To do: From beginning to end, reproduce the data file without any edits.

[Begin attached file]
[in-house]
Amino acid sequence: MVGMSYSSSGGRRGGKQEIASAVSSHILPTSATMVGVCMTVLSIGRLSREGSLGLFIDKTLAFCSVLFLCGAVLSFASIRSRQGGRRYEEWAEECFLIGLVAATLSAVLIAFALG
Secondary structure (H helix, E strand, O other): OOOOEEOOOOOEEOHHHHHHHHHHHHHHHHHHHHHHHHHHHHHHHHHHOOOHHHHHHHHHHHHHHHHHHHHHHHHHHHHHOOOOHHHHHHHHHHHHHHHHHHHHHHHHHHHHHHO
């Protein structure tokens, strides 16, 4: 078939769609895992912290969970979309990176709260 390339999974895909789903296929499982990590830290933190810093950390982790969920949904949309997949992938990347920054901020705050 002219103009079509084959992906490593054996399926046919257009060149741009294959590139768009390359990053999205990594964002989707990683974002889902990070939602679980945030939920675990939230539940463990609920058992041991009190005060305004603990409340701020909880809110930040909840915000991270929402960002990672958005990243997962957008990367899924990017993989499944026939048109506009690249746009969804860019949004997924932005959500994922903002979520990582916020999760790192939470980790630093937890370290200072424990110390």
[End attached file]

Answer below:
[in-house]
Amino acid sequence: MVGMSYSSSGGRRGGKQEIASAVSSHILPTSATMVGVCMTVLSIGRLSREGSLGLFIDKTLAFCSVLFLCGAVLSFASIRSRQGGRRYEEWAEECFLIGLVAATLSAVLIAFALG
Secondary structure (H helix, E strand, O other): OOOOEEOOOOOEEOHHHHHHHHHHHHHHHHHHHHHHHHHHHHHHHHHHOOOHHHHHHHHHHHHHHHHHHHHHHHHHHHHHOOOOHHHHHHHHHHHHHHHHHHHHHHHHHHHHHHO
């Protein structure tokens, strides 16, 4: 078939769609895992912290969970979309990176709260 390339999974895909789903296929499982990590830290933190810093950390982790969920949904949309997949992938990347920054901020705050 002219103009079509084959992906490593054996399926046919257009060149741009294959590139768009390359990053999205990594964002989707990683974002889902990070939602679980945030939920675990939230539940463990609920058992041991009190005060305004603990409340701020909880809110930040909840915000991270929402960002990672958005990243997962957008990367899924990017993989499944026939048109506009690249746009969804860019949004997924932005959500994922903002979520990582916020999760790192939470980790630093937890370290200072424990110390």